Working: People Talk About What They Do All Day and How They Feel About What They Do by Studs Terkel (Pantheon Books, 1974).
Studs Terkel opens Working with one of the most stirring sentences I have ever read: “This book, being about work, is, by its very nature, about violence – to the spirit as well as to the body.” And although Terkel’s voice and narration are only present for the following 13 pages of the Introduction, giving way to 600 pages of the voices of others, the power of his intent resonates through to the back cover.
Those remaining 600 pages are direct transcriptions from the stories told to Terkel by his interviewees. Word for word. In this way, Terkel gave his subjects absolute agency. At times we sense his steering of the interview and deduce the questions that he has asked; the transcriptions are edited, whole paragraphs presumably left out. But overall the narratives are intact, and the subjects speak directly to us as readers. I found Terkel’s method of empowering his subjects admirably progressive; I have little doubt that this was his intention.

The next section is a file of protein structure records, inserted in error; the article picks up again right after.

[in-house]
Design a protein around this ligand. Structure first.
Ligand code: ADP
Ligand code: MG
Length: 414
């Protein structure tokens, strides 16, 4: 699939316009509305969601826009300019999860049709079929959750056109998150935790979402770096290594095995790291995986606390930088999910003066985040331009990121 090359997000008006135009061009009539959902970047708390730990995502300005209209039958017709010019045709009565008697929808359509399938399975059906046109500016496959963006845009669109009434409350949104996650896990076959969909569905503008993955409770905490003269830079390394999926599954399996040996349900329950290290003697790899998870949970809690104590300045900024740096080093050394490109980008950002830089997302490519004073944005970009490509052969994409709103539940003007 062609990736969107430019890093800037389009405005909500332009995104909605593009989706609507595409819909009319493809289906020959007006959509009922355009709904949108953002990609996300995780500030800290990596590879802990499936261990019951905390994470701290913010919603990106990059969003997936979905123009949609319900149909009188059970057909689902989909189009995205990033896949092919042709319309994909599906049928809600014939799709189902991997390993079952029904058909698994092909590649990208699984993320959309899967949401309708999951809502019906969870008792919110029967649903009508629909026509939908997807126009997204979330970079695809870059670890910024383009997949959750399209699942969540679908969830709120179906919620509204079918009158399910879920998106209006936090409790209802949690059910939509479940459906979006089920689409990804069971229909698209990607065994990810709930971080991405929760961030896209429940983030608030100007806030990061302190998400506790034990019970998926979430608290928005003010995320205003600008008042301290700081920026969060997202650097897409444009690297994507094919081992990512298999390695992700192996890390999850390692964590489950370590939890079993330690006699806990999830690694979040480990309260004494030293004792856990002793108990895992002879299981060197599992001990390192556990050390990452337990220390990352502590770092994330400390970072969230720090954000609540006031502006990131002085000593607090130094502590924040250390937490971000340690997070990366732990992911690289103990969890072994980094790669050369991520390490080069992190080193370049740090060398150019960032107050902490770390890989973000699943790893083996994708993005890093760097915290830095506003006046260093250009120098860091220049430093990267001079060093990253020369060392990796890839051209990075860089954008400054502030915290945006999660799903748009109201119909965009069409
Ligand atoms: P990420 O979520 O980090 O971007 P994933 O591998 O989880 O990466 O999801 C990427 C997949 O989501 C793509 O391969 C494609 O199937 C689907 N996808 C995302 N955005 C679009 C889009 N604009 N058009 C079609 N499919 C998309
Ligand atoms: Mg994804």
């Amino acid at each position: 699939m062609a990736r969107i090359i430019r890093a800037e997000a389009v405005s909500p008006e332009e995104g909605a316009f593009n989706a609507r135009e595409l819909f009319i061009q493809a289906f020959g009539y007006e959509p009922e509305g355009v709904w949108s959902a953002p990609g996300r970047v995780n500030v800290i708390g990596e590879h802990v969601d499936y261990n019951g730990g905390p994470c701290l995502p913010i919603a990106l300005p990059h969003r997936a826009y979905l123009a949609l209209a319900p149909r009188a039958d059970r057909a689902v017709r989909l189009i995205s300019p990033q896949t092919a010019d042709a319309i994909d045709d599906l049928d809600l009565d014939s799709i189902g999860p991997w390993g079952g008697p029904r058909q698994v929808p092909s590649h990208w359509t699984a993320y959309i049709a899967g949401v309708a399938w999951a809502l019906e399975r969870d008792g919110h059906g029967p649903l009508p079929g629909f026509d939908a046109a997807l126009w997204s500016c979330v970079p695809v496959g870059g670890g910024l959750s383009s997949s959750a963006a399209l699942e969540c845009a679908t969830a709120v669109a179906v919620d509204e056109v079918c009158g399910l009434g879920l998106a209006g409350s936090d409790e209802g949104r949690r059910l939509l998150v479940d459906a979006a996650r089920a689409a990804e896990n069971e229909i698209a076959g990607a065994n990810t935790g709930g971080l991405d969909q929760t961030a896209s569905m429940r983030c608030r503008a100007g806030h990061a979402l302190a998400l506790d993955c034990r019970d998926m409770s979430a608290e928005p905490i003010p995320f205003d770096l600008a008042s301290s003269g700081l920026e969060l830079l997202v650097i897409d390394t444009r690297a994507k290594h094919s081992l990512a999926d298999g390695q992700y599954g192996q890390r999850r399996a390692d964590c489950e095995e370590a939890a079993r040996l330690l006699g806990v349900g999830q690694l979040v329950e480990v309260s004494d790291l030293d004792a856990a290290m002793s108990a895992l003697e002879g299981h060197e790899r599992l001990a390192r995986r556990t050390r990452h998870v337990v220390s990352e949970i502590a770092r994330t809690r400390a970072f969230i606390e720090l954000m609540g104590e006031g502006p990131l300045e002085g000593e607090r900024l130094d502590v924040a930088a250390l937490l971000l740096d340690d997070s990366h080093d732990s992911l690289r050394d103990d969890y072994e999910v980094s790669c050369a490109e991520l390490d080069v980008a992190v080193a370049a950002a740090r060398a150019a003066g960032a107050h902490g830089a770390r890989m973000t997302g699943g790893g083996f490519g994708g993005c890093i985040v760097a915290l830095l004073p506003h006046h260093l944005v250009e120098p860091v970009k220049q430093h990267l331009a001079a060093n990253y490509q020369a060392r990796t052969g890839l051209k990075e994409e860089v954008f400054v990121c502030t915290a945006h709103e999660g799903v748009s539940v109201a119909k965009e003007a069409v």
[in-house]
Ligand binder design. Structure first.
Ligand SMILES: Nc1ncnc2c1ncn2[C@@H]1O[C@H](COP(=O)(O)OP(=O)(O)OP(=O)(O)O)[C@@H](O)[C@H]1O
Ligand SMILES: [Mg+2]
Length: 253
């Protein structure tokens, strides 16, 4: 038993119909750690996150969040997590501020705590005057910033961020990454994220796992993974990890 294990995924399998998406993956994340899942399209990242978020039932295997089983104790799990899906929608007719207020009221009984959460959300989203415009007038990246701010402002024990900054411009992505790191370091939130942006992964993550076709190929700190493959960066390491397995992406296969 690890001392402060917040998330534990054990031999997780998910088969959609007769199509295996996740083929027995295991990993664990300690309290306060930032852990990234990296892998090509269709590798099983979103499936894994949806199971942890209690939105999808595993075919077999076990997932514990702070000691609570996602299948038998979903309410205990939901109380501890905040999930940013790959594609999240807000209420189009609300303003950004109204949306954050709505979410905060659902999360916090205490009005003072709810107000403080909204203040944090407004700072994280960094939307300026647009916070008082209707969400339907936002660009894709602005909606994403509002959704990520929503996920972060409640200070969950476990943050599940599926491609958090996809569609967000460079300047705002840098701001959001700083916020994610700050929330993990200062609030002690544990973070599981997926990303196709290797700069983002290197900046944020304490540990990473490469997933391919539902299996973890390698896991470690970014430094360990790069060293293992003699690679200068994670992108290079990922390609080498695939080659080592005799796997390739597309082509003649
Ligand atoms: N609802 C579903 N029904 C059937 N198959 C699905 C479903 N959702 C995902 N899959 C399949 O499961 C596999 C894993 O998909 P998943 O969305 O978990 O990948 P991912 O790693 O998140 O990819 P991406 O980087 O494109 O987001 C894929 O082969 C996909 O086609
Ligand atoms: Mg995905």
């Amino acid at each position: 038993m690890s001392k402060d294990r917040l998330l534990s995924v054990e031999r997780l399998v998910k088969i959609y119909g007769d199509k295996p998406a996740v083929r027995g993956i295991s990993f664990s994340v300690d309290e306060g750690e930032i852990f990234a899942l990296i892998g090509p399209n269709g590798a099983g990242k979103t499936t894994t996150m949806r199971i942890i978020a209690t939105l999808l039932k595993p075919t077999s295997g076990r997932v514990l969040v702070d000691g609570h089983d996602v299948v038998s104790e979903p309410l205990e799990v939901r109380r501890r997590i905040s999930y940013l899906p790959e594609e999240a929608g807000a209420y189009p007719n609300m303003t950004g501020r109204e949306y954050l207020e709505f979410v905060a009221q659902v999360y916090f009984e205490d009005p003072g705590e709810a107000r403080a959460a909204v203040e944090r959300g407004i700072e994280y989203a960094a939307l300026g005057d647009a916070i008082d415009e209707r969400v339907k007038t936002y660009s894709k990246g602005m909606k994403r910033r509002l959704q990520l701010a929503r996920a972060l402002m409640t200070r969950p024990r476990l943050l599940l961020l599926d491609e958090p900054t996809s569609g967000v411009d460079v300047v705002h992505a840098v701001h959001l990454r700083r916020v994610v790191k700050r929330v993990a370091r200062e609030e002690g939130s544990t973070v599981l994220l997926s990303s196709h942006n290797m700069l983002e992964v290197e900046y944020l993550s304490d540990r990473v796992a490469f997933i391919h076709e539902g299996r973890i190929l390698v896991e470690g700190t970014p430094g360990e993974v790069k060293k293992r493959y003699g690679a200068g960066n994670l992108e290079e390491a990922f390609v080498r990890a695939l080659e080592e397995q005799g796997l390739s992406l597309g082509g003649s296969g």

Published in the early 1970s, Working captures and seals a moment in time. This moment bursts with voices and stories from workers across America. It covers the spectrum of America’s classes and is not at all limited to the ‘working class’ that the title and even initial sentence may imply. Indeed, included in this moment are firemen and CEOs, teachers and PR agents, prostitutes, homemakers, flight attendants, professors, pharmacists, cab drivers and janitors. Much of what is captured is now an archival record of the time period, including the limited opportunities for women in the workplace and the harassment they encountered, the ongoing deindustrialization experienced by steelworkers whose jobs were being replaced by machines, the overt racism in law enforcement, and even now anachronistic work such as Bell Company phone operators.
But Working is powerful because of its timelessness. It is and always has been, as Terkel notes, our fate as human beings to work and to work endlessly. The experiences these workers recount and the emotions they they exude are personal but universal.